2018 Scholarship Award Winner

Scholarship Winner Connor Heenan with Chris Granniss, co-president of the Salem-Ota Cultural Exchange

The Salem-Ota Cultural Exchange is pleased to announce that Connor Heenan, a graduating senior at Salem High School has been awarded this year’s Scholarship award, presented during the Salem High School Senior Awards Night. He will be using this scholarship as he attends the MassArt this fall.

He, and the other applicants for the award, were asked to write an essay about their involvement with the exchange; how it affected their life; and how it will influence their future.

His award-winning essay:

My family began our involvement with the Salem Ota Cultural Exchange program when I was in the fourth grade at Saltonstall Elementary School. My best friend at the time was Reed Oka-MacLaren and his mom, Midori, was overseeing the student exchange program. Midori thought that my family would be a good match to host a Japanese student because we were active, liked sports and were an open to meeting new people. That summer our family hosted our first student, Kaito, and thus began our tradition of hosting Japanese exchange students. Since that time we have hosted 9 students in all, both boys and girls, with some years having just one student and other years being asked to host 2 when there was a need. We have totally enjoyed it and look forward to hosting students each summer.

Before our first student arrived, we were very nervous. Questions like, “Would he like us”?, and “How are we going to communicate with him if he did not speak English?”, went through our minds. Our worries quickly dissipated because despite the language barriers, we managed to communicate very well with him using a little creative miming, the use of technology and lucky for us, a few friends who spoke Japanese. We bridged the gap between our differences and realized that our common interests and similarities far outweighed our differences. We found common ground in video games, sports and finding humor in silly things like all kids do. Since then I have realized that all of our students have been different in their personalities, interests and English fluency abilities, because they are all individuals, but I discovered that what we have in common is our humanity and ability to communicate and relate to one another as new friends.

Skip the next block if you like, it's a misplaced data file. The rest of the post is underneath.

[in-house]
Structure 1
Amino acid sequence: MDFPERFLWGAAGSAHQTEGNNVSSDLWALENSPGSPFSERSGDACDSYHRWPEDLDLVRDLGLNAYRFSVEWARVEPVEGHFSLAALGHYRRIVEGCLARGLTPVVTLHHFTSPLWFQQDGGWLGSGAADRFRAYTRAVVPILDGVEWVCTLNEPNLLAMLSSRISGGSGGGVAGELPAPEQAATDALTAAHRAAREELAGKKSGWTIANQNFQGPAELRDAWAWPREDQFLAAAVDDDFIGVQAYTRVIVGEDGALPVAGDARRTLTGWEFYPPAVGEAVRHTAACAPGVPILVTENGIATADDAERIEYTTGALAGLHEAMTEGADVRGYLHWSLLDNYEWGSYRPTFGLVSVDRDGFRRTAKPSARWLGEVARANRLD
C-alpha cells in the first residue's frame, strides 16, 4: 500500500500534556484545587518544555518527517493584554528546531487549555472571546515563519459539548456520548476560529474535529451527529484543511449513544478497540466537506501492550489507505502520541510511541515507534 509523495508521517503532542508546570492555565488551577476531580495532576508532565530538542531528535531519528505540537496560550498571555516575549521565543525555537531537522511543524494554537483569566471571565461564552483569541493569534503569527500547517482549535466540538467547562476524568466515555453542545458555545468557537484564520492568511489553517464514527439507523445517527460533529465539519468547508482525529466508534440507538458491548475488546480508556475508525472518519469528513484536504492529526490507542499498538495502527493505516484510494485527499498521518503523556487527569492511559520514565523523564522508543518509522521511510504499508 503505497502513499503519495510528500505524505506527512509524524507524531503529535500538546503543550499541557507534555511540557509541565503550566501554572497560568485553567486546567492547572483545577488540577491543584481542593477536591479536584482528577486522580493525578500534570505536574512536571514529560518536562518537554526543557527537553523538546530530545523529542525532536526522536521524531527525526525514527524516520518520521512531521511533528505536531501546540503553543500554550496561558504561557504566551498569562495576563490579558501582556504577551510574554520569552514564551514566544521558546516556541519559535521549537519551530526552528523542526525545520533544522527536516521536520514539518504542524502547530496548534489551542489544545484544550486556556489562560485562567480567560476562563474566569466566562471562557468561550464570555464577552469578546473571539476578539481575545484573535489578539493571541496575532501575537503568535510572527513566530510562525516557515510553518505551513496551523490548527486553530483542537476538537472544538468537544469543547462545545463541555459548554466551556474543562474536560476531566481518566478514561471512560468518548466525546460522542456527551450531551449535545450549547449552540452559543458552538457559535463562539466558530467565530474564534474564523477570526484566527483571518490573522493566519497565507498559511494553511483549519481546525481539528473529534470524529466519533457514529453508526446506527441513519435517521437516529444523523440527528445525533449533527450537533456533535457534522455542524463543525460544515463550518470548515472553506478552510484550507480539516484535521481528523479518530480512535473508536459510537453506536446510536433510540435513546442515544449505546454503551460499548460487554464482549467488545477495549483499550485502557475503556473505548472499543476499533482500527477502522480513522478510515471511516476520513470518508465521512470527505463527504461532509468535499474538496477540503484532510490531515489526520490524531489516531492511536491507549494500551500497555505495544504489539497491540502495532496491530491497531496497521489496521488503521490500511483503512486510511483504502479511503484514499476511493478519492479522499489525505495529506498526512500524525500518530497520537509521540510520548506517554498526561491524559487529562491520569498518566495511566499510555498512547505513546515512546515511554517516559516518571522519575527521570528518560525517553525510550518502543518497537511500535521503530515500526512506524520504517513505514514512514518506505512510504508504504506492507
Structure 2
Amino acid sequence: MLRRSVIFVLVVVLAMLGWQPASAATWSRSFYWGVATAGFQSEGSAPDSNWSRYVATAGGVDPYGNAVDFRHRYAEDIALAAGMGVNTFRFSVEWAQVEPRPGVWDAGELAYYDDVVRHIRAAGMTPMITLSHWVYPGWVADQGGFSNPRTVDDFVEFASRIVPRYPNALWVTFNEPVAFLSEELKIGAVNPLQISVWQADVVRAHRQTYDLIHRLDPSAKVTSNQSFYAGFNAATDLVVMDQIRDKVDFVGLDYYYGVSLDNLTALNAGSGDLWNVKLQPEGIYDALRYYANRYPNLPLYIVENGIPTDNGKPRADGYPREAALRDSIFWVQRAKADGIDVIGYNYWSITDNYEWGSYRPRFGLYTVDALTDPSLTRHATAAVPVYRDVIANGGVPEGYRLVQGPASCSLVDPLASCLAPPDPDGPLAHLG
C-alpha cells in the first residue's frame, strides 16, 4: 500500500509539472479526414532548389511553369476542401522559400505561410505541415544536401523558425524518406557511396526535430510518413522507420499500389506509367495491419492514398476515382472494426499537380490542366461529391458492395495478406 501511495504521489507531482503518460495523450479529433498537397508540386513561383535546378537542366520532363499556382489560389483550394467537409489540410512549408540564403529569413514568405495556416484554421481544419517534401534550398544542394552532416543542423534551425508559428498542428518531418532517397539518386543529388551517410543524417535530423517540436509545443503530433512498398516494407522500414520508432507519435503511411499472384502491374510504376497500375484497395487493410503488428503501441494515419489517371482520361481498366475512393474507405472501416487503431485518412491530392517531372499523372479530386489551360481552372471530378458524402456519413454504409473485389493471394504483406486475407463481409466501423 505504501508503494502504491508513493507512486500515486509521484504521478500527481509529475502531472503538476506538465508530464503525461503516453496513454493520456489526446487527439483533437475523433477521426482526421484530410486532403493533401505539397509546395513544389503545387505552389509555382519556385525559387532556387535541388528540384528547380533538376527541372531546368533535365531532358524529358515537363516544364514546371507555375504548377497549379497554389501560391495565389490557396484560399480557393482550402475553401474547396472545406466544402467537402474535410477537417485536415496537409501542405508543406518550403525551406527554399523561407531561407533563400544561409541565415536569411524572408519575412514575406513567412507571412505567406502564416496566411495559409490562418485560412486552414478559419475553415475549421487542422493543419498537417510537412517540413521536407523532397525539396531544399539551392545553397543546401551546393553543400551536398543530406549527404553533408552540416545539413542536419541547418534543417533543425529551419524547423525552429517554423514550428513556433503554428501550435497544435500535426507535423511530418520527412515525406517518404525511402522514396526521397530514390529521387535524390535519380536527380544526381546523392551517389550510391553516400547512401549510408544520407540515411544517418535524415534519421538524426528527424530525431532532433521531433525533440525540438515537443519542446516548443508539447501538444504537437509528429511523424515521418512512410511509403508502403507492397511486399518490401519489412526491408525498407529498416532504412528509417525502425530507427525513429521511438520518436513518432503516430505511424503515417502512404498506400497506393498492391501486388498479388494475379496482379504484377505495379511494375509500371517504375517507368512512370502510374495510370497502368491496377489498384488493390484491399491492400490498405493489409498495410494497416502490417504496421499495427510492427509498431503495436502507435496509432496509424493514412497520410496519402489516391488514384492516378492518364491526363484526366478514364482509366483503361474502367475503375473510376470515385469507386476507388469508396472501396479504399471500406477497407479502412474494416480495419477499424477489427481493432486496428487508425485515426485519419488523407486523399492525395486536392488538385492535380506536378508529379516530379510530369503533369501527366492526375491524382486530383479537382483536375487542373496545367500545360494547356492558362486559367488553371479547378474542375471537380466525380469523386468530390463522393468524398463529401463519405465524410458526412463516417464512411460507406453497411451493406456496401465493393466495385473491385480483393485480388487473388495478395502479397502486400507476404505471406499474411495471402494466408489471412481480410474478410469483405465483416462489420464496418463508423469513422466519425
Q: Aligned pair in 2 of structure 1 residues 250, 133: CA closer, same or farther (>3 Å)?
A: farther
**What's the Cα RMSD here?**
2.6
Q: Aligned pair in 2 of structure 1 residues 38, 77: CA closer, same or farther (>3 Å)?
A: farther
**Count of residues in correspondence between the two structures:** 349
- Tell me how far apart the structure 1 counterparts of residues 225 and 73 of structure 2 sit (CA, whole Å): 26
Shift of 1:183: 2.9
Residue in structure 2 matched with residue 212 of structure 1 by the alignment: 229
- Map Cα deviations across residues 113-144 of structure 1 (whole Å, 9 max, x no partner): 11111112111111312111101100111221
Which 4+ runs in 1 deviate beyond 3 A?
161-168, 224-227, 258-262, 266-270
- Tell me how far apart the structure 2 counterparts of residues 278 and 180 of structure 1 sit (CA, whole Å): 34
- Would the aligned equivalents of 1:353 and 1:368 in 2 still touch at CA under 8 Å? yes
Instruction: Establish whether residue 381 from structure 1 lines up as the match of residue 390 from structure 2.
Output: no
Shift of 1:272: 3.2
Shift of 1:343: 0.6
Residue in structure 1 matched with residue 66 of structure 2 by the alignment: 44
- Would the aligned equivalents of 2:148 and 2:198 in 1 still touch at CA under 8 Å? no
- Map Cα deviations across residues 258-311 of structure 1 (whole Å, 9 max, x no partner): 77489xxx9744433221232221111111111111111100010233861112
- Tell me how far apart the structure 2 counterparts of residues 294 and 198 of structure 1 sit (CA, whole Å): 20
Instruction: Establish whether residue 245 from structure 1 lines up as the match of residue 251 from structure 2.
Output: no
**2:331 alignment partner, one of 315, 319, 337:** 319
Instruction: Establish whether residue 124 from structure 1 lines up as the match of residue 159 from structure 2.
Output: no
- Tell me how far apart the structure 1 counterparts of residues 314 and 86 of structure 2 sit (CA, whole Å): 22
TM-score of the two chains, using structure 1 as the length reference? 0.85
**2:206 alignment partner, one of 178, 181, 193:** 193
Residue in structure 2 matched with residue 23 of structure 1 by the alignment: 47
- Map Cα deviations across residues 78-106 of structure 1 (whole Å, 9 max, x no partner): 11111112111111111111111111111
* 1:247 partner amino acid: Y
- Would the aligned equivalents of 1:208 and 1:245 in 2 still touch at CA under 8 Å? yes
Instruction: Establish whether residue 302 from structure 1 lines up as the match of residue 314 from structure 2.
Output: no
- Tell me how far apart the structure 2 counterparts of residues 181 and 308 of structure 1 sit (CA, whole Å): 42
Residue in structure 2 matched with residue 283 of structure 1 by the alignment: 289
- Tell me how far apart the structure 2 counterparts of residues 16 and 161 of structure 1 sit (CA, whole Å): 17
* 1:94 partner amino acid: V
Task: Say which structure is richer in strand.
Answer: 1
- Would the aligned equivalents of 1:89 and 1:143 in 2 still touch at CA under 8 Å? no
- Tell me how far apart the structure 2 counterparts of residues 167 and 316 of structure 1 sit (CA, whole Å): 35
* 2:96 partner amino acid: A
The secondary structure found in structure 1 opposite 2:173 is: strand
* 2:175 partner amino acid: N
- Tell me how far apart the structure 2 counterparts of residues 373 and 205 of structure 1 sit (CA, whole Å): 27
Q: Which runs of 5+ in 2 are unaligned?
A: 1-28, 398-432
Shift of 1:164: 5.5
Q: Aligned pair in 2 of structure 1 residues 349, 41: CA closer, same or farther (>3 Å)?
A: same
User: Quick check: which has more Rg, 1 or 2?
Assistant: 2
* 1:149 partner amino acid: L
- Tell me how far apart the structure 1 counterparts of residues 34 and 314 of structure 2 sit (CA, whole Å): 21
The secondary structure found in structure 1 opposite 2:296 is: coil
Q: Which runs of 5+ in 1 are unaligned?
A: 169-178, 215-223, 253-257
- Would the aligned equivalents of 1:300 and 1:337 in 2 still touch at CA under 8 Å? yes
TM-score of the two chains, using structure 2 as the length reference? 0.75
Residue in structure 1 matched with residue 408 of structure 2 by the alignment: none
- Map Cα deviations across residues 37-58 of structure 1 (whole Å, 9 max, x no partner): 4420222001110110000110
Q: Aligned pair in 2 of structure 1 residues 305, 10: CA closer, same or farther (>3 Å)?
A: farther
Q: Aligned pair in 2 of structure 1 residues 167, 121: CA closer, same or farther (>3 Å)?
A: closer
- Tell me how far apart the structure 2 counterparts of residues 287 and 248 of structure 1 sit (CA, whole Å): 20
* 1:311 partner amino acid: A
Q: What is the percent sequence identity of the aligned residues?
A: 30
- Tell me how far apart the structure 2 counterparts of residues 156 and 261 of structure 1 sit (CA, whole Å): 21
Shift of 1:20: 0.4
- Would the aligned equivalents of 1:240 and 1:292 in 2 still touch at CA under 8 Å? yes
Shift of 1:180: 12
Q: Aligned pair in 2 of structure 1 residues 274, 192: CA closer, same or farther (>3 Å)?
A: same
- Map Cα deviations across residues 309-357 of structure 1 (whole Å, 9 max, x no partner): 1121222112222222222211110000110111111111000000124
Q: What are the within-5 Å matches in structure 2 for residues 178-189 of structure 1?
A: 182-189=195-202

The program has affected my life in that now I have friends in Japan that I communicate with during the year that I might never have known if I hadn’t participated in this program. It’s not just that I met them as acquaintances. I lived with them for a week and heard about their family and life in Japan and and shared my family, my bedroom, my American culture and my friends with them. They became friends and extended members of our family. We exchange Christmas cards and messages on Facebook and Instagram with them, especially when something happens in the United States or Japan that sounds concerning. I was so proud when I saw the different students that we had over the years perform for the whole program at the end of the week. I realized how much it meant to them when I saw them cry when they had to say goodbye to us, calling us their American family.

Participating in this program has influenced my whole world view by showing me that everyone, even people from across the globe, are more or less the same. Everyone likes playing games and good humor, everyone likes ice cream and cookies, everyone gets sleepy and even homesick. If nothing else, I believe that this amazing program’s purpose, is to show the kids, the parents, and the teachers exactly that, we are more the same than not.